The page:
ST BERNARD DOG MUSEUM - MARTIGNY
Musee et Chiens du Saint-Bernard
The Romans had been traversing the southern Alps from Italy to the valley of the Rhone River, the Swiss Valais since ancient times. In 962, a Benedictine monk from Savoy, Bernard of Menthon, established a hospice way station monastery on the high mountain pass to serve the pilgrims braving the near perpetual ice and snow. Large dogs with thick furry coats of the Roman Mosseler breed would be used to help find and rescue travelers trapped in the snows. By the 1700s these dogs bred over the centuries came to be called the St Bernard from the hospice on the Great St Bernard Pass. The big friendly breed also known as a Swiss Alpen Mastiff of St Bernard’s has been one of the world’s most recognized and revered dog breeds.
Just to the east of the Valais Switzerland town of Martigny which lies at the valley foot of the route to the pass to the east of Mont Blanc, the St Bernard Dog Museum (Musee et Chiens du Saint-Bernard) was established in a former military warehouse by the Foundation of Bernard (no relation) and Caroline Wattville to showcase the history of the dog and its place as a cultural icon. The museum consists of both an exhibit of the history of the dog breed and a kennel for living examples.
The first floor of the museum presents a collection of artifacts and that tell the story of the Great St Bernard Pass and Hospice. A movie presents the story of “Francois The Pilgrim”, caught in the snow on the high pass and from whom we know the name of the breed. Images of the St Bernard from Flemish oil paintings to post cards and cartoons, present the affectionate animal in popular culture. Napoleon's crossing of the Great St Bernard Pass in the footsteps of Hannibal into Italy is also represented. The French general and later emperor headquartered for time in a building still standing in the old town, within walking distance. The second floor of the museum presents temporary exhibitions and on the ground floor, as well as the gift shop with plenty of plush pups for the kids to take home and a restaurant, the entrance to the kennels, where the throaty bark of the real thing greets the visitor. The dogs are let out to play under supervision in the green park area behind the museum building.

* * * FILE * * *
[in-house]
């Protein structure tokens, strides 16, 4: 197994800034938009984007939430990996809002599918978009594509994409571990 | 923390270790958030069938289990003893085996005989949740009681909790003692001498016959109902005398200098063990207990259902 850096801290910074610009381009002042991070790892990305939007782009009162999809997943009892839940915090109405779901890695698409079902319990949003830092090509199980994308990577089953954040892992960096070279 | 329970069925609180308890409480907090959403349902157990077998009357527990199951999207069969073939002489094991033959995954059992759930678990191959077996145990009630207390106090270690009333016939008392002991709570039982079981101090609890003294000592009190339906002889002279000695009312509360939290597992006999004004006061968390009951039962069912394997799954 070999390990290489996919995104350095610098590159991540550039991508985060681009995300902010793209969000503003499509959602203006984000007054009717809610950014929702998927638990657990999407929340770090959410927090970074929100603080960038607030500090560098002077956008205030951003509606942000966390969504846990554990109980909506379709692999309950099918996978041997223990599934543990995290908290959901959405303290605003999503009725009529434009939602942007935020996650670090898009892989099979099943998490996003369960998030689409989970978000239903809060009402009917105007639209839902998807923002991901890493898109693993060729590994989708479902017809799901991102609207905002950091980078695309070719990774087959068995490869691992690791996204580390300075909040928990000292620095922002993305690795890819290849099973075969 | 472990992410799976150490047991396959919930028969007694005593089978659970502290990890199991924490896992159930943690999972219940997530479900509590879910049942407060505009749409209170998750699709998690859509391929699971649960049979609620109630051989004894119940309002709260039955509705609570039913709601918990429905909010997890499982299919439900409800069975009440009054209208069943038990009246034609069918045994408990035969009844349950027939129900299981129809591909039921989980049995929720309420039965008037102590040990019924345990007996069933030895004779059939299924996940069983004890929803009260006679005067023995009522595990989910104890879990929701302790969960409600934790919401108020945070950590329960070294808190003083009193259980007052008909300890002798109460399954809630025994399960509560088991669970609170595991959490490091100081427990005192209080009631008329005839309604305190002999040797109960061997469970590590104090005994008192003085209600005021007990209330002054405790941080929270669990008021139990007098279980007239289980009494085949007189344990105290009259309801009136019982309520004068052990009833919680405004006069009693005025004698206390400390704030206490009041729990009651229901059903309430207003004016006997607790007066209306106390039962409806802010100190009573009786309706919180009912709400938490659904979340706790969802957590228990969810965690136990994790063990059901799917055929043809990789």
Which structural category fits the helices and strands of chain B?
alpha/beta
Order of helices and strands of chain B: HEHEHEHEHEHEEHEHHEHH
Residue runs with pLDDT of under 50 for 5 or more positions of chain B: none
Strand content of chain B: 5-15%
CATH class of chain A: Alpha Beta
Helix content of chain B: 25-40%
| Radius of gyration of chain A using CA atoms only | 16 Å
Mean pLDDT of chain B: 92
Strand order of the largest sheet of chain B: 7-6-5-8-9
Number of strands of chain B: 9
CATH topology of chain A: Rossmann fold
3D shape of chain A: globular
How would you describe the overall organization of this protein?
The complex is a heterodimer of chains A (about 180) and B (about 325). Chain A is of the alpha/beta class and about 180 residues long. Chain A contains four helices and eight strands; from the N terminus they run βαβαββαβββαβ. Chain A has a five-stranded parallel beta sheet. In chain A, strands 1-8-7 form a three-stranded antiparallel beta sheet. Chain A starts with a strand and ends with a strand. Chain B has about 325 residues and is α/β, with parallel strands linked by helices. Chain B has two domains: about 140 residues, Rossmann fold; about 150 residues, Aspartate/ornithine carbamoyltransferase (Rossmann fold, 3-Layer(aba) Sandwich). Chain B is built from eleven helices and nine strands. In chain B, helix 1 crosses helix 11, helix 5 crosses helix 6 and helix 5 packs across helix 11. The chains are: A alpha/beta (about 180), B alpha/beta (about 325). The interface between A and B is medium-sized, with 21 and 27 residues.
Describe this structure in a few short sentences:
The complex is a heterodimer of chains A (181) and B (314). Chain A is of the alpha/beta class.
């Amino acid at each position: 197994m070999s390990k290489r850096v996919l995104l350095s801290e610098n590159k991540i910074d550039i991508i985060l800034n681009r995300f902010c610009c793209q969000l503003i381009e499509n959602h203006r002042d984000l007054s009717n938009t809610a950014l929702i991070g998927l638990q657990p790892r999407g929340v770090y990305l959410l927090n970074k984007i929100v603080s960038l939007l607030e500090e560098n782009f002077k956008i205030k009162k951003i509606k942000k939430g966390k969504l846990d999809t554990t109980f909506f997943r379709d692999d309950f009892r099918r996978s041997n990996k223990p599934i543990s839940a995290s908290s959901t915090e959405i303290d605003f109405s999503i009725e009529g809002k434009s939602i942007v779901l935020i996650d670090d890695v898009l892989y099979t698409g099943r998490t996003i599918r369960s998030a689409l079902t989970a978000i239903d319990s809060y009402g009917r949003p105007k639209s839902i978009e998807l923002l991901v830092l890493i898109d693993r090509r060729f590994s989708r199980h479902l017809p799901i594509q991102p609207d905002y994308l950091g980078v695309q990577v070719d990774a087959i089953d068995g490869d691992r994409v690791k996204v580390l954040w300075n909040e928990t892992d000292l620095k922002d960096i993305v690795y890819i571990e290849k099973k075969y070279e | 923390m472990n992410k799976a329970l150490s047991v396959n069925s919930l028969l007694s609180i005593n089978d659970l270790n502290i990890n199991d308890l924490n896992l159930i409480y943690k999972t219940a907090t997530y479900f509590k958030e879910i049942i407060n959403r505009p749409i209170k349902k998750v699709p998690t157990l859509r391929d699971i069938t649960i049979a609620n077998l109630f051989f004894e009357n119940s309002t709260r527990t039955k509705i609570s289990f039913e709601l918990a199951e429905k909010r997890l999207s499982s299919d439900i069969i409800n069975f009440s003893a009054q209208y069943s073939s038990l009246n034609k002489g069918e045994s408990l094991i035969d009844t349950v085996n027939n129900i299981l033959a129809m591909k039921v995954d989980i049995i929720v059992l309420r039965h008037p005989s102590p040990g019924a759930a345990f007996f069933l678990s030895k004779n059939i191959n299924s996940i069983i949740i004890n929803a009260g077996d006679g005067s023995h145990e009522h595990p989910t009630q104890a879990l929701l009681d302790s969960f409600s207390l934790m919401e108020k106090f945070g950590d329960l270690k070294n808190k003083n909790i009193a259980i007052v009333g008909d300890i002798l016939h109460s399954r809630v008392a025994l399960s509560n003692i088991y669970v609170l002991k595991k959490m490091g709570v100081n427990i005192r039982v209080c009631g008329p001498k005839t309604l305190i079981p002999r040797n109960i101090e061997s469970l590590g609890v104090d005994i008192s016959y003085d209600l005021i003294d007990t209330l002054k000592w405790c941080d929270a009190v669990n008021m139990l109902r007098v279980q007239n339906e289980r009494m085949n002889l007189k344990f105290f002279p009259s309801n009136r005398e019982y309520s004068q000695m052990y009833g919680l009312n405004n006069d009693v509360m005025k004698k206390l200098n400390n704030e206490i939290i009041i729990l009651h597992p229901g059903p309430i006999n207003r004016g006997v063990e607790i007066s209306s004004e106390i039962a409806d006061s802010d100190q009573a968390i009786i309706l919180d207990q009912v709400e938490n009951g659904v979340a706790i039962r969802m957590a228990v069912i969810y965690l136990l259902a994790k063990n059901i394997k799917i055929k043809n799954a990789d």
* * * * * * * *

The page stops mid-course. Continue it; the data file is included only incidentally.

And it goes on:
Visiting the St Bernard Dog Museum
Admission to the St Bernard Museum is 12 CHF for Adults, 10 CHF for Seniors, 7 CHF for Students, children under 8 are free. A family ticket is available, and if you reach Martigny by car driving through the St Bernard Pass tunnel from Italy, save your receipt and get a return passage for free. The museum is located on the Rue du Levant just next to the preserved Roman Amphitheater of Martigny and 200 yards from the Pierre Gianadda Foundation Museum (see Fondation Gianadda). The St Bernard Express railway stops about 300 yards from the museum (the first stop after departing Martigny train station). Martigny is about two hours by rail or car from Geneva. © Bargain Travel Europe
Find reviews and best travel deals for Lake Geneva Region
Musee St Bernard
These articles are copyrighted
and the sole property of Bargain Travel Europe and WLPV, LLC. and
may not be copied or reprinted without permission.